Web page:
reject    <a> <b> <prefixes>: <b> rejects the IP prefixes <prefixes> from <a>.
advertise <a> <b> <prefixes>: <a> advertises the IP prefixes <prefixes> to <b>.

The remaining three columns define the matchers of a rule. The second and third column are ISD-AS matchers, the forth column is a prefix matcher.

The second column matches the ‘from’ ISD-AS. The third column the ‘to’ ISD-AS. ISD-AS matchers support wildcards and negation:

1-ff00:0:110   Matches for 1-ff00:0:110 only.
0-ff00:0:110   Matches for all ASes with AS number ff00:0:110.
1-0            Matches for all ASes in ISD 1.
0-0            Matches for all ASes.

!0-ff00:0:110  Matches for all ASes except the ones with AS number 'ff00:0:110'.
!1-ff00:0:110  Matches for all ASes except 1-ff00:0:110.
!1-0           Matches for all ASes not in ISD 1.

Network prefix matcher consist of a list of IP prefixes to match. The list is comma-separated. A prefix matches, if it is in the subset of the union of the IP prefixes in the list. The network prefix matcher can also be negated. The negation applies to the entire list. A prefix matches in the negated case, if it is not a subset of the union of the prefix list.

10.0.1.0/24,10.0.2.0/24    Matches all IP prefixes that are a subset of 10.0.1.0/24 or
                           10.0.2.0/24. It also matches 10.0.1.0/24 and 10.0.2.0/24.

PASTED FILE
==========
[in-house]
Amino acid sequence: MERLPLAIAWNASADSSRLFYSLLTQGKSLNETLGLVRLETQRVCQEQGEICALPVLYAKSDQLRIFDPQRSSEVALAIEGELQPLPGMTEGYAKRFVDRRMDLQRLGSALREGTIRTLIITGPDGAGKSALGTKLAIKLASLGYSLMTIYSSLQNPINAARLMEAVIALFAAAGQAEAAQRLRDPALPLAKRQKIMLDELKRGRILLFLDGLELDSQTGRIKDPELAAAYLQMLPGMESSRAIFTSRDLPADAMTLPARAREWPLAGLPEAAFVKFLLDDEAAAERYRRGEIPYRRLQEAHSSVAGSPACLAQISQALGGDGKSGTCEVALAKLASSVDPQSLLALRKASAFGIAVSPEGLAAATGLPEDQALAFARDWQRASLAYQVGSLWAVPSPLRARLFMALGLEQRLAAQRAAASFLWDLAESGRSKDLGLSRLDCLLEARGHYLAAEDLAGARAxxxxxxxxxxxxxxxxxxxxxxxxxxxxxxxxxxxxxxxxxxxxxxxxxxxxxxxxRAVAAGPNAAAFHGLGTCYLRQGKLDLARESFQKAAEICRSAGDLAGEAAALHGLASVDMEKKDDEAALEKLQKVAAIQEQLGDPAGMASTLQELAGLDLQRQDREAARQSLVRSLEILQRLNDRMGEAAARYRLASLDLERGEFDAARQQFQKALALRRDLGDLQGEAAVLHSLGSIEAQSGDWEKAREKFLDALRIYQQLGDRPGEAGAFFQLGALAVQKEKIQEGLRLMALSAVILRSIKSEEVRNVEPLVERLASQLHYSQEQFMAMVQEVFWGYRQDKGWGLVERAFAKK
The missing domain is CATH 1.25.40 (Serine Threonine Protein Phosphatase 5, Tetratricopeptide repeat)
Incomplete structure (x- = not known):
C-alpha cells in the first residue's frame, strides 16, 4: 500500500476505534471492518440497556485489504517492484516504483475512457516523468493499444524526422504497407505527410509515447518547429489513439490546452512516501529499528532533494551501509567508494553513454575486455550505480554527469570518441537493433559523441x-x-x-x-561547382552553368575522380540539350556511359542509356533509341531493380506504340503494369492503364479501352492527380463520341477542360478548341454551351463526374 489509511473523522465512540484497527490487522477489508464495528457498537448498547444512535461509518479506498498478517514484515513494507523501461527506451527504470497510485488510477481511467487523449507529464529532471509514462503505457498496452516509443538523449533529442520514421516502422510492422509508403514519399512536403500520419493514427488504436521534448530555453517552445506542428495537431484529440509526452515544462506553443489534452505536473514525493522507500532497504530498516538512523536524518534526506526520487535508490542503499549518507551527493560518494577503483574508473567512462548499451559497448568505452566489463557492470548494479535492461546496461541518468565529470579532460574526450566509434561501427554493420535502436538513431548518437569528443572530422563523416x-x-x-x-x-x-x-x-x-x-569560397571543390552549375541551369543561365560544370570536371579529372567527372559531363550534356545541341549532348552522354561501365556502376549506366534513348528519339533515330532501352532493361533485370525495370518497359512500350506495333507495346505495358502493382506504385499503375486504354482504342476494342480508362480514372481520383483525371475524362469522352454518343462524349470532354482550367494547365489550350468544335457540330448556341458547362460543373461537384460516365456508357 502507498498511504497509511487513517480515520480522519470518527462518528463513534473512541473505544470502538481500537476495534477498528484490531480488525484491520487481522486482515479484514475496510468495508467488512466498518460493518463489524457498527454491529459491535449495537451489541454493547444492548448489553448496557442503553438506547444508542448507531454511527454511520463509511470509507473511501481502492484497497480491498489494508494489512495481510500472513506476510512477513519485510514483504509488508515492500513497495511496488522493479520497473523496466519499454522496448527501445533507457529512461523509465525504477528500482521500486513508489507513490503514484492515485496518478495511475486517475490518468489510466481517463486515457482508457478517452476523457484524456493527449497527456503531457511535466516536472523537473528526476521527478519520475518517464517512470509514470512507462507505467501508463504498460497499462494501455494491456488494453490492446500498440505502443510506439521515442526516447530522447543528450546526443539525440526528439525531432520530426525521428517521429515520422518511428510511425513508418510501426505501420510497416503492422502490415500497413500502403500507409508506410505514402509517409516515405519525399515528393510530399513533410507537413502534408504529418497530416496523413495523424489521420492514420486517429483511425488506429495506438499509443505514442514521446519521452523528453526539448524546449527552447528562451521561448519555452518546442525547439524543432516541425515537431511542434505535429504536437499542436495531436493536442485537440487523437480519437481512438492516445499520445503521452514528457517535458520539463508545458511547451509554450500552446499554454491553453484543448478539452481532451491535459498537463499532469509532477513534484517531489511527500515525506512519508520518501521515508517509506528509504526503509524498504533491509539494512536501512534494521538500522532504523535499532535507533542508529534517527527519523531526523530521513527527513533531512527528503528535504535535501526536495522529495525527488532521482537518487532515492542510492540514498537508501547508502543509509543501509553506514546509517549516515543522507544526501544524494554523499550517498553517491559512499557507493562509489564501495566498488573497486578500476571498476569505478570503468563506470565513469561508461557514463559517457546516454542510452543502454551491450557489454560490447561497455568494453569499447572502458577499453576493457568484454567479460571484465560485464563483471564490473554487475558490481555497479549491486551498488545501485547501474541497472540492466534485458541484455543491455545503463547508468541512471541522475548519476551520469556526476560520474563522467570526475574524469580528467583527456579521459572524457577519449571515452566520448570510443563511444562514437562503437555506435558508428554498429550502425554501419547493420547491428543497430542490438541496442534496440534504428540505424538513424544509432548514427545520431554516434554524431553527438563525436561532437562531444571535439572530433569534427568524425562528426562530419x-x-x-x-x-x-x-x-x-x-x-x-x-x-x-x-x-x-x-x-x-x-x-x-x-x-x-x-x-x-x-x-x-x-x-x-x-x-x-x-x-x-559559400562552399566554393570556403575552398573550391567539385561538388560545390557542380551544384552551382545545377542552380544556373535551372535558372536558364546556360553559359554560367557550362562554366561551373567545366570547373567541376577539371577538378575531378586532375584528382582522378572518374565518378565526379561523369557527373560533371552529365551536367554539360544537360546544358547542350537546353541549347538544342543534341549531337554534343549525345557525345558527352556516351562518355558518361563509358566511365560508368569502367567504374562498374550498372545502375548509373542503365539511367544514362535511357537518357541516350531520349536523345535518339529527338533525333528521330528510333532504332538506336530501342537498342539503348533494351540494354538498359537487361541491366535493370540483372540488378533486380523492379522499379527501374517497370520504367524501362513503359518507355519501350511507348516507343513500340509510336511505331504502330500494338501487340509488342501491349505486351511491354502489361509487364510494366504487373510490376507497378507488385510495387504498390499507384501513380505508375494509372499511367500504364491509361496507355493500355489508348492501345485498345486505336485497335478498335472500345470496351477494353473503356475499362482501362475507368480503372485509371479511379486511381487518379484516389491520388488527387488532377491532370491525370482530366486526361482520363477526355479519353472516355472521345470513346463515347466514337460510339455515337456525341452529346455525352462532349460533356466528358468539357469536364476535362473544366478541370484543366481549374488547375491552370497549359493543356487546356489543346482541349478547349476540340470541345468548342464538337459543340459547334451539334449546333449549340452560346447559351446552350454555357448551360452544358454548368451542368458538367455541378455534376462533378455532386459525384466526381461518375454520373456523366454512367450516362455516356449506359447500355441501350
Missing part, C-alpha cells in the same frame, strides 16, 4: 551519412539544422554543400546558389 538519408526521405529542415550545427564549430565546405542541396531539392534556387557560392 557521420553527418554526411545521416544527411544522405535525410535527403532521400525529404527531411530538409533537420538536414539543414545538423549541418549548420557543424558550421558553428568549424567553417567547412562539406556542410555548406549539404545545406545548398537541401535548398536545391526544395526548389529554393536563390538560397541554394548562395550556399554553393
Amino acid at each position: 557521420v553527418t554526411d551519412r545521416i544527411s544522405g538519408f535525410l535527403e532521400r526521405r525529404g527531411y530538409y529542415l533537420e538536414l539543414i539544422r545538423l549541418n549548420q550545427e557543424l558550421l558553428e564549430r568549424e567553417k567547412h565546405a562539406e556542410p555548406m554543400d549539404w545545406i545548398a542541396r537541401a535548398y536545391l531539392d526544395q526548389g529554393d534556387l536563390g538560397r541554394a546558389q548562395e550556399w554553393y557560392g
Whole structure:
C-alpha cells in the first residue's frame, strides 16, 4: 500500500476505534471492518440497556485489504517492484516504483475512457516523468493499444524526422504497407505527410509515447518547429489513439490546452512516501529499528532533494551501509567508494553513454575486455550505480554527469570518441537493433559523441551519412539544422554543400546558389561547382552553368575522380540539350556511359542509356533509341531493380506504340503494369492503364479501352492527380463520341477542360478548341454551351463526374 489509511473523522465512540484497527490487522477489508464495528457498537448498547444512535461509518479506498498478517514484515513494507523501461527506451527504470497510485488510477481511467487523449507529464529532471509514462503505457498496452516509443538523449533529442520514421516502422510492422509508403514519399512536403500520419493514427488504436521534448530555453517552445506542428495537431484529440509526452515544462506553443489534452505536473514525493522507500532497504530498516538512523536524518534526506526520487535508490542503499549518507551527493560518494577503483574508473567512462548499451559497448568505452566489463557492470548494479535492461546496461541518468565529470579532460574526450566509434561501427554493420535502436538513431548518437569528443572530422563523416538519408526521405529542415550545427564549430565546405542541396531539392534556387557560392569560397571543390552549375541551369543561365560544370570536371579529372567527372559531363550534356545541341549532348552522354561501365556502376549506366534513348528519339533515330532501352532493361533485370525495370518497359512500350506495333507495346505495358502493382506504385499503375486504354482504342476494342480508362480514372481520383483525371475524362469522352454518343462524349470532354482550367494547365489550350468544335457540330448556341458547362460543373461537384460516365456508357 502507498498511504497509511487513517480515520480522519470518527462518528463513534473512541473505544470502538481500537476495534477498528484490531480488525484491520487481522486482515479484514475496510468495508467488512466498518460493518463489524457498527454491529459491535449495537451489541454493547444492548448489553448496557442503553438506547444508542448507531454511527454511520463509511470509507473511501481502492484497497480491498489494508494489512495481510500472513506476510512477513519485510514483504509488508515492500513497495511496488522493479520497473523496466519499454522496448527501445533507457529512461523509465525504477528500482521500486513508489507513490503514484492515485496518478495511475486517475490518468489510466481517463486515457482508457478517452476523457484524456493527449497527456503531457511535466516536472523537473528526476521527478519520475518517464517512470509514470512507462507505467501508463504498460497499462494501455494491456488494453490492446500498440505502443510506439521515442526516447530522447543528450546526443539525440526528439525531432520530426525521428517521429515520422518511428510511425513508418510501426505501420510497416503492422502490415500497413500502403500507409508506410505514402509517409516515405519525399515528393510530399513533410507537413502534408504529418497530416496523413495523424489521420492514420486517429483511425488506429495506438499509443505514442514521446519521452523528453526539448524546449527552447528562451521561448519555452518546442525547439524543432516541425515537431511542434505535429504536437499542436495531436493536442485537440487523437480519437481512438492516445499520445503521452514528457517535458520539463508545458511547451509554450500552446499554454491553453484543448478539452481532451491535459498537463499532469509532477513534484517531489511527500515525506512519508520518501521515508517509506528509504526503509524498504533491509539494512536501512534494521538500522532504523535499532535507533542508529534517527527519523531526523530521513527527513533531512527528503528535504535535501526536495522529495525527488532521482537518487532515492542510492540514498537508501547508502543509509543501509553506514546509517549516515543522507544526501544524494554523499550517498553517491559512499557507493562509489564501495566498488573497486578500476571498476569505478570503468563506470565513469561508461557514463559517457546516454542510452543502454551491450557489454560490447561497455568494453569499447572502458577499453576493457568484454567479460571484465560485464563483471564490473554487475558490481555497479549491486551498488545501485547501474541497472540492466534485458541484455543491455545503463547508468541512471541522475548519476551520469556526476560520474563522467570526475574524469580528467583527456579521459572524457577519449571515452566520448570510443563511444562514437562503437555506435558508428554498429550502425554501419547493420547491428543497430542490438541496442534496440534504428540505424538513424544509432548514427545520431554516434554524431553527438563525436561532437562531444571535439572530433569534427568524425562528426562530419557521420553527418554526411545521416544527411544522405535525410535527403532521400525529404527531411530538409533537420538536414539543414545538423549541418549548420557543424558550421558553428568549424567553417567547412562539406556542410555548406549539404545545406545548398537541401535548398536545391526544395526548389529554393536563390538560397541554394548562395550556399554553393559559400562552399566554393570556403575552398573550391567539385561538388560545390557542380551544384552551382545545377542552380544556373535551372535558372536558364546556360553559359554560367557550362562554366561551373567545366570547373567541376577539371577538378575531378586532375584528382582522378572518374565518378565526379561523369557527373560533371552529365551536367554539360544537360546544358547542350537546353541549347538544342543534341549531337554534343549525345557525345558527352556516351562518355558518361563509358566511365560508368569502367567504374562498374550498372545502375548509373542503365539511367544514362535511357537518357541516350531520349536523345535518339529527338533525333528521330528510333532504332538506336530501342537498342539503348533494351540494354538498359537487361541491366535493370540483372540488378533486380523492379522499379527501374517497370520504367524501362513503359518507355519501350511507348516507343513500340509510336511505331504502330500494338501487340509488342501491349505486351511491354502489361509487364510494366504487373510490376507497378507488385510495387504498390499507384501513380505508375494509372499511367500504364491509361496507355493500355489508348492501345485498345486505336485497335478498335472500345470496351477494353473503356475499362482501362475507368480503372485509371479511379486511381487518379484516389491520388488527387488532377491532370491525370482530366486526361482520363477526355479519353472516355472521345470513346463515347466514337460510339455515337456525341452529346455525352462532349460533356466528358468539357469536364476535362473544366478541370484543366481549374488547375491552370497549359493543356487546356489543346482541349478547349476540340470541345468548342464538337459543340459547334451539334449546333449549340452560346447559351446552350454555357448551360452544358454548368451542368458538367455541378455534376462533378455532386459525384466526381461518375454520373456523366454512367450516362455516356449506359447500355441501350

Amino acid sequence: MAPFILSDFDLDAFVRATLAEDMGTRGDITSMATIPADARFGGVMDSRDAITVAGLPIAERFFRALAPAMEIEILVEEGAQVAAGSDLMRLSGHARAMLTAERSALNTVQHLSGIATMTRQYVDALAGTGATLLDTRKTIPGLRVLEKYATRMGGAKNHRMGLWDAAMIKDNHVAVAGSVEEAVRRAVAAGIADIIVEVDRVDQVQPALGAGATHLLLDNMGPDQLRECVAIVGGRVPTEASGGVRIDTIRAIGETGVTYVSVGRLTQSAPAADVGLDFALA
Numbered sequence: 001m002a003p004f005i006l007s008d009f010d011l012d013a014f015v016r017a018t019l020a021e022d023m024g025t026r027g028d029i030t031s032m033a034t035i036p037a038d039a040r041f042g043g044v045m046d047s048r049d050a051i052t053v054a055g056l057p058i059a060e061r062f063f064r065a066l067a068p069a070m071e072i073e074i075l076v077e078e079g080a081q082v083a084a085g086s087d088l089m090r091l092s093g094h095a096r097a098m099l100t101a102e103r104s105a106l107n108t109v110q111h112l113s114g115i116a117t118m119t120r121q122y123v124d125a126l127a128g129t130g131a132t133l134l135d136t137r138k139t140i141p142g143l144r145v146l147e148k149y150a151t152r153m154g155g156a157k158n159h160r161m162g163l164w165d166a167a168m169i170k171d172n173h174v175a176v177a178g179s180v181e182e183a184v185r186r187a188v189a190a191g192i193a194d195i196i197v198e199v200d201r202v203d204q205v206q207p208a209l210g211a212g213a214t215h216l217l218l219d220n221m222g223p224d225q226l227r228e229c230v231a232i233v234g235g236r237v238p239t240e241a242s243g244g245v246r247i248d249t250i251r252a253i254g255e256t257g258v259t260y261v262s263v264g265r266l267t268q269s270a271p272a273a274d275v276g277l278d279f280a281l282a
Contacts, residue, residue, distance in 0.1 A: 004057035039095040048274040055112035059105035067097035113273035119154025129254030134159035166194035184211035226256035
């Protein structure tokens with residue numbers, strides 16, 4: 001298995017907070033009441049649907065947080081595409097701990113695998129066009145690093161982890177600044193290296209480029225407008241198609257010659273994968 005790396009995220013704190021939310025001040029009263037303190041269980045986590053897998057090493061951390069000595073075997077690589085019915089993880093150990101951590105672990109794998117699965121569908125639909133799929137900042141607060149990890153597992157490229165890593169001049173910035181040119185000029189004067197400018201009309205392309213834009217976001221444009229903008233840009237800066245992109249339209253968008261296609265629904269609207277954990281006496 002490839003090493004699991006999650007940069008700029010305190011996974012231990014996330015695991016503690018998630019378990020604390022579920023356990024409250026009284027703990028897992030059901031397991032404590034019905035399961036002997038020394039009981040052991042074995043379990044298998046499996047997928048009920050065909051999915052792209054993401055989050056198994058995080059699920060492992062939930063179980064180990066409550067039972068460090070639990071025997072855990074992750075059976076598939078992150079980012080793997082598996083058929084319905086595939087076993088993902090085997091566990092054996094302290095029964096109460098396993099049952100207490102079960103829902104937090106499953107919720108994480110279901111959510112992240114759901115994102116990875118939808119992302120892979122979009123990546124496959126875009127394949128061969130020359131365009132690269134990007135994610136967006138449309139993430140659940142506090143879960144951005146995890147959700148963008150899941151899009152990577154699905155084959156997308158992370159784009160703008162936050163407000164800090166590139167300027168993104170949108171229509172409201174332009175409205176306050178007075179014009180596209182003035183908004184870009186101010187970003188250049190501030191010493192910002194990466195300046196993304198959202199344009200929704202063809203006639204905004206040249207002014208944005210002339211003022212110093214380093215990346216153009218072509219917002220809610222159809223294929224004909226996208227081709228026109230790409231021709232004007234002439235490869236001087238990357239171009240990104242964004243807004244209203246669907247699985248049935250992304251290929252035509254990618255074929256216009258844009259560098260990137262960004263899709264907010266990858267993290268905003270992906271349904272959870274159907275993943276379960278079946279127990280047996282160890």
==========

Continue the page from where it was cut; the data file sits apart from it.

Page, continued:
!10.0.1.0/24,10.0.2.0/24   Matches all IP prefixes that are not a subset of 10.0.1.0/24 and
                           not a subset of 10.0.2.0/24.

Default Routing Policy

The routing policy file is optional. If no routing policy is explicitly defined, the gateway uses a default policy equivalent to

reject 0-0 0-0 0.0.0.0/0,::/0

i.e., it rejects all IP prefixes advertised by any remote. Additionally, no local IP prefixes are advertised, because there is no explicit advertise directive.

Network prefix pinning

When a SCION Gateway sends data to a remote SCION Gateway, it does so based on the policies that are configured locally and the prefixes it learns from the remote gateway. When multiple remote gateways are available, the choice of gateway and path is completely in the hands of the sending AS.